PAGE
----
Private schools hoard profits: Picket pay an upgrade for striking instructors

By Daniel Tseghay

Since Aug. 2, members of locals 9 and 11 of the Education and Training Employees’ Association (ETEA) have been on strike over wages, unpaid work, and workplace surveillance. They made the decision to strike after negotiations broke down.

Local 9 represents private instructors at Vancouver English Centre (VEC) in Vancouver and Local 11 represents instructors at Hanson International Academy in New Westminster.

“I have people on the picket line who are making more money on strike at 100 dollars a day than they are working, which is sad,” says ETEA Local 9 President Kim Fissel.

“Strike pay is supposed to see you through the strike. It’s not supposed to be an improvement to what you normally make,” she says.

Local 9 has been unionized for 19 months and has been in negotiations for about 15 months. Their demand for better wages stems from a city living wage of $20.64 per hour, for a 40-hour work week.

Salary costs a drop in the bucket for Hanson International Academy
ETEA Local 11 instructors on strike.
ETEA Local 11 instructors on strike.

ETEA Local 11 President Anthony Fawcett says that Hanson International Academy receives $9 million in annual revenue, and only 3 per cent of that is spent on salaries, as reported by the Socialist Worker. The local’s wage demands would increase this figure by 2-3 per cent, he states.

Hanson, affiliated with Cambrian College, offers college level courses, yet Hanson teachers earn significantly less than teachers at Cambrian. Hanson teachers are also demanding they have copyright over their teaching materials, with the school saying that it owns lesson materials instructors have created themselves.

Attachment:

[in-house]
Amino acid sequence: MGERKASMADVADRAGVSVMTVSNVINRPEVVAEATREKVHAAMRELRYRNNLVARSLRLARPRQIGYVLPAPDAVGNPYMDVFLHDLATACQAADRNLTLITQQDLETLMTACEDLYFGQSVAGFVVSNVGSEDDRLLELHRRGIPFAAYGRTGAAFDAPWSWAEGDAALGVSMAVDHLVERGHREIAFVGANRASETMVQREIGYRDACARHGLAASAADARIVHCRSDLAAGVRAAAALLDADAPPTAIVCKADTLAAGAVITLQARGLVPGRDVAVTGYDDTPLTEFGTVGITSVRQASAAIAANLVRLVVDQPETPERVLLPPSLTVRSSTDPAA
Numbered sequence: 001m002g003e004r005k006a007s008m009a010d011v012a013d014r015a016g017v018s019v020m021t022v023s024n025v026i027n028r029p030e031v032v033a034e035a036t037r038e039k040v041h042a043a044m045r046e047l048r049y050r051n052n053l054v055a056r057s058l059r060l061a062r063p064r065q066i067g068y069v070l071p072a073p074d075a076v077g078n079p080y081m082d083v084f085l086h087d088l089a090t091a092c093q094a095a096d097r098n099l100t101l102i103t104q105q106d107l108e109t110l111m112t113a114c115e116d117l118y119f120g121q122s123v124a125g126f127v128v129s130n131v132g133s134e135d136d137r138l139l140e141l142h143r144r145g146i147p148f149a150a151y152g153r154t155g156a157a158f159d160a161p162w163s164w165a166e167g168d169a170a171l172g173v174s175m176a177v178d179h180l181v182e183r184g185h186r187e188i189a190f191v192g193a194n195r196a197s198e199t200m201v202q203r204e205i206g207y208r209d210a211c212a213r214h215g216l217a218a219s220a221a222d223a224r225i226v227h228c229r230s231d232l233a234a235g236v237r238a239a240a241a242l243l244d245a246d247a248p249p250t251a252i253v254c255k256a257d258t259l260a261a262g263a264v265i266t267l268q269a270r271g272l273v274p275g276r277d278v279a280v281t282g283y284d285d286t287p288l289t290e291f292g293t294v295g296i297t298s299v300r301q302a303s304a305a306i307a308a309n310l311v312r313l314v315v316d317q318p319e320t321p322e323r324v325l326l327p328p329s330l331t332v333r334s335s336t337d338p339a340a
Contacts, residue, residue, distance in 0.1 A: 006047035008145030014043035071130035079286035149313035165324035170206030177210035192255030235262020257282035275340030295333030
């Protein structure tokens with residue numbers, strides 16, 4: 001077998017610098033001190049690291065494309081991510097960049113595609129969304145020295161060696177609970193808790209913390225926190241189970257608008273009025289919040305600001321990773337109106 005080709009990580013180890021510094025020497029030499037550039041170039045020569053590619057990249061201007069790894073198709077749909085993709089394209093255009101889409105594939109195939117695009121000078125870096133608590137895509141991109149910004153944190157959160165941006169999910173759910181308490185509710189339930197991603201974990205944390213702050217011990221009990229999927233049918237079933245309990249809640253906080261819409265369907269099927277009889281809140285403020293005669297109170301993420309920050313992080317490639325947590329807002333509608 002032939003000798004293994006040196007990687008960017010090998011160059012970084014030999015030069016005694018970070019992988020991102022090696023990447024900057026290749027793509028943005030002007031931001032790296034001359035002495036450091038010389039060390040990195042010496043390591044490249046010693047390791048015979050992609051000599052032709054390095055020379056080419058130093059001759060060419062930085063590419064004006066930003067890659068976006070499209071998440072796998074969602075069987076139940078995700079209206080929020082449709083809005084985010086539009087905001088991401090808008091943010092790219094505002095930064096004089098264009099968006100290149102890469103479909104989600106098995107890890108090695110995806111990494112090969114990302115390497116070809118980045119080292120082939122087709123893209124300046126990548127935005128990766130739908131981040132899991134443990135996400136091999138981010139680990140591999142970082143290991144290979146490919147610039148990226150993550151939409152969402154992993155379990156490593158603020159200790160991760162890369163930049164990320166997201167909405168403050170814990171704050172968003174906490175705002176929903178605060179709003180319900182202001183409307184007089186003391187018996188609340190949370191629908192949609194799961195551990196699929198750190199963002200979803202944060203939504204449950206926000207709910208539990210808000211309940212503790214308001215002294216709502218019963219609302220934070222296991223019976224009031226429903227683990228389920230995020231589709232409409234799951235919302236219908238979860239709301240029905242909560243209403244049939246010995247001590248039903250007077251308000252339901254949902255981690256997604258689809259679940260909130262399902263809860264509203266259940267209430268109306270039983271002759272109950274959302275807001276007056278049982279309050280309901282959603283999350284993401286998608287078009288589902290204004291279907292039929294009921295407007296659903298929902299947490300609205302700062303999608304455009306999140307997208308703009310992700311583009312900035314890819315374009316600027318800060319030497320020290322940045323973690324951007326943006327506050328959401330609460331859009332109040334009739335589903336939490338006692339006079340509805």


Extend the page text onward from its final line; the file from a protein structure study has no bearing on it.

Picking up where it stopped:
VEC teachers fight against unpaid work, iris scans, and unequal pay

Fissel, a teacher at VEC for 4 years, has earned the same wage, $20/hour, since she started, despite being told there would be a review and a potential increase after her first year.

VEC teachers, however, work an average of 27 hours per week, with only a few teachers earning a living wage. According to the union, tuition fees have increased an average of 15 per cent since 2012, the time of the last wage increase. They argue that the employer could easily raise wages.

“Teachers wages have actually gone down,” says Fissel. “When I started it was $20 per hour. Someone who came on 3 months after me is getting paid $18 per hour.”

Teachers are also asking to be paid for the work they do outside the classroom. “I’m not paid for any of the classroom preparation I do and I have been given classes with next to nothing for preparation,” Fissel says. “I’ve lost a number of breaks and lunches spending time with students, or even after school. We’ve had to mark through our lunches because you have to get marks in on time or you’re penalized.”

Based on a survey teachers initiated, they found that they’re doing somewhere between 10 and 20 hours of unpaid work per week. This includes marking, talking with students, creating curricula from scratch, and, in Fissel’s case,setting up facebook groups so students can keep in contact with her.